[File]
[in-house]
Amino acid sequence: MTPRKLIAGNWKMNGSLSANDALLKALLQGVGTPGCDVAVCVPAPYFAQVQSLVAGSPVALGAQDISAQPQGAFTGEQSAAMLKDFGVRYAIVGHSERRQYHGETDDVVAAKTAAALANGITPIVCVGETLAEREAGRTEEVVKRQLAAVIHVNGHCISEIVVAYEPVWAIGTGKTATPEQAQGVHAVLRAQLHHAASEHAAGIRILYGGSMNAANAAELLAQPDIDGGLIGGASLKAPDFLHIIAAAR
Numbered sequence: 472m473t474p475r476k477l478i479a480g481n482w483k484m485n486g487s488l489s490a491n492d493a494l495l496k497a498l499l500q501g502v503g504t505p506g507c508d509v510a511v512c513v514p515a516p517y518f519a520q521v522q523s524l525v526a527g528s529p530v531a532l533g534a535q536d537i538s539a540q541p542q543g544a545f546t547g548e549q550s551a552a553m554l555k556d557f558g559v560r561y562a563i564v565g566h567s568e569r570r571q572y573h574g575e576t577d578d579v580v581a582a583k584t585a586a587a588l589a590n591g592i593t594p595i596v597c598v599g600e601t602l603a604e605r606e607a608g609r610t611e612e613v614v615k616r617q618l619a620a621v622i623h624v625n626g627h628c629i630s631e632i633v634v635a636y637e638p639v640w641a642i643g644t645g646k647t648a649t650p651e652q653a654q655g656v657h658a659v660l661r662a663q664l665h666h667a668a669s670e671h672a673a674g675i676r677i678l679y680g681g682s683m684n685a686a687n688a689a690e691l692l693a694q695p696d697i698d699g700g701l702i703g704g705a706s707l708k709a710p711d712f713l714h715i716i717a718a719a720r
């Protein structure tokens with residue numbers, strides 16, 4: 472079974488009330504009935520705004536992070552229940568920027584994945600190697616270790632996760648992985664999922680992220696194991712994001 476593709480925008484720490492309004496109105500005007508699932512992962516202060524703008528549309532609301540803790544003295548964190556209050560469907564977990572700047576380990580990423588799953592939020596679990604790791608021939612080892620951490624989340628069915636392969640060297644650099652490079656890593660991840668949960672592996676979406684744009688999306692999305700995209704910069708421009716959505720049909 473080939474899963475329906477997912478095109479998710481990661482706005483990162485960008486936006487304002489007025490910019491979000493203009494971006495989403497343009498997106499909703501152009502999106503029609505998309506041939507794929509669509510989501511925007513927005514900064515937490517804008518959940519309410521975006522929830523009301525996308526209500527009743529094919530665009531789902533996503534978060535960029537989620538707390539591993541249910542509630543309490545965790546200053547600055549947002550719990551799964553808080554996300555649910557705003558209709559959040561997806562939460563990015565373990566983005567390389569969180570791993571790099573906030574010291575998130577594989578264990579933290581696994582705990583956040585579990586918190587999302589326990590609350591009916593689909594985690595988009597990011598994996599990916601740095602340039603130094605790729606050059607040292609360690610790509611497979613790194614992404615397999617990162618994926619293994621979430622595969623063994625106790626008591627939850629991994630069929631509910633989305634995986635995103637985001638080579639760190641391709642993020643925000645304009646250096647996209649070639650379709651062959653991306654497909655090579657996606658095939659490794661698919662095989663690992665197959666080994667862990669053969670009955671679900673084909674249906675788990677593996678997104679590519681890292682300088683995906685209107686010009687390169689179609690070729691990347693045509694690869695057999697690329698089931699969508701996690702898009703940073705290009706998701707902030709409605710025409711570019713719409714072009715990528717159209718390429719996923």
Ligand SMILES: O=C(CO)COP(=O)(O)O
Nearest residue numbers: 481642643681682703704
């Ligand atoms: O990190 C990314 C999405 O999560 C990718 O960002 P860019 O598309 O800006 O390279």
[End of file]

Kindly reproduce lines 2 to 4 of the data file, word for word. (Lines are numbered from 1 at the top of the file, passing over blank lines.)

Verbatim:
Amino acid sequence: MTPRKLIAGNWKMNGSLSANDALLKALLQGVGTPGCDVAVCVPAPYFAQVQSLVAGSPVALGAQDISAQPQGAFTGEQSAAMLKDFGVRYAIVGHSERRQYHGETDDVVAAKTAAALANGITPIVCVGETLAEREAGRTEEVVKRQLAAVIHVNGHCISEIVVAYEPVWAIGTGKTATPEQAQGVHAVLRAQLHHAASEHAAGIRILYGGSMNAANAAELLAQPDIDGGLIGGASLKAPDFLHIIAAAR
Numbered sequence: 472m473t474p475r476k477l478i479a480g481n482w483k484m485n486g487s488l489s490a491n492d493a494l495l496k497a498l499l500q501g502v503g504t505p506g507c508d509v510a511v512c513v514p515a516p517y518f519a520q521v522q523s524l525v526a527g528s529p530v531a532l533g534a535q536d537i538s539a540q541p542q543g544a545f546t547g548e549q550s551a552a553m554l555k556d557f558g559v560r561y562a563i564v565g566h567s568e569r570r571q572y573h574g575e576t577d578d579v580v581a582a583k584t585a586a587a588l589a590n591g592i593t594p595i596v597c598v599g600e601t602l603a604e605r606e607a608g609r610t611e612e613v614v615k616r617q618l619a620a621v622i623h624v625n626g627h628c629i630s631e632i633v634v635a636y637e638p639v640w641a642i643g644t645g646k647t648a649t650p651e652q653a654q655g656v657h658a659v660l661r662a663q664l665h666h667a668a669s670e671h672a673a674g675i676r677i678l679y680g681g682s683m684n685a686a687n688a689a690e691l692l693a694q695p696d697i698d699g700g701l702i703g704g705a706s707l708k709a710p711d712f713l714h715i716i717a718a719a720r
């Protein structure tokens with residue numbers, strides 16, 4: 472079974488009330504009935520705004536992070552229940568920027584994945600190697616270790632996760648992985664999922680992220696194991712994001 476593709480925008484720490492309004496109105500005007508699932512992962516202060524703008528549309532609301540803790544003295548964190556209050560469907564977990572700047576380990580990423588799953592939020596679990604790791608021939612080892620951490624989340628069915636392969640060297644650099652490079656890593660991840668949960672592996676979406684744009688999306692999305700995209704910069708421009716959505720049909 473080939474899963475329906477997912478095109479998710481990661482706005483990162485960008486936006487304002489007025490910019491979000493203009494971006495989403497343009498997106499909703501152009502999106503029609505998309506041939507794929509669509510989501511925007513927005514900064515937490517804008518959940519309410521975006522929830523009301525996308526209500527009743529094919530665009531789902533996503534978060535960029537989620538707390539591993541249910542509630543309490545965790546200053547600055549947002550719990551799964553808080554996300555649910557705003558209709559959040561997806562939460563990015565373990566983005567390389569969180570791993571790099573906030574010291575998130577594989578264990579933290581696994582705990583956040585579990586918190587999302589326990590609350591009916593689909594985690595988009597990011598994996599990916601740095602340039603130094605790729606050059607040292609360690610790509611497979613790194614992404615397999617990162618994926619293994621979430622595969623063994625106790626008591627939850629991994630069929631509910633989305634995986635995103637985001638080579639760190641391709642993020643925000645304009646250096647996209649070639650379709651062959653991306654497909655090579657996606658095939659490794661698919662095989663690992665197959666080994667862990669053969670009955671679900673084909674249906675788990677593996678997104679590519681890292682300088683995906685209107686010009687390169689179609690070729691990347693045509694690869695057999697690329698089931699969508701996690702898009703940073705290009706998701707902030709409605710025409711570019713719409714072009715990528717159209718390429719996923």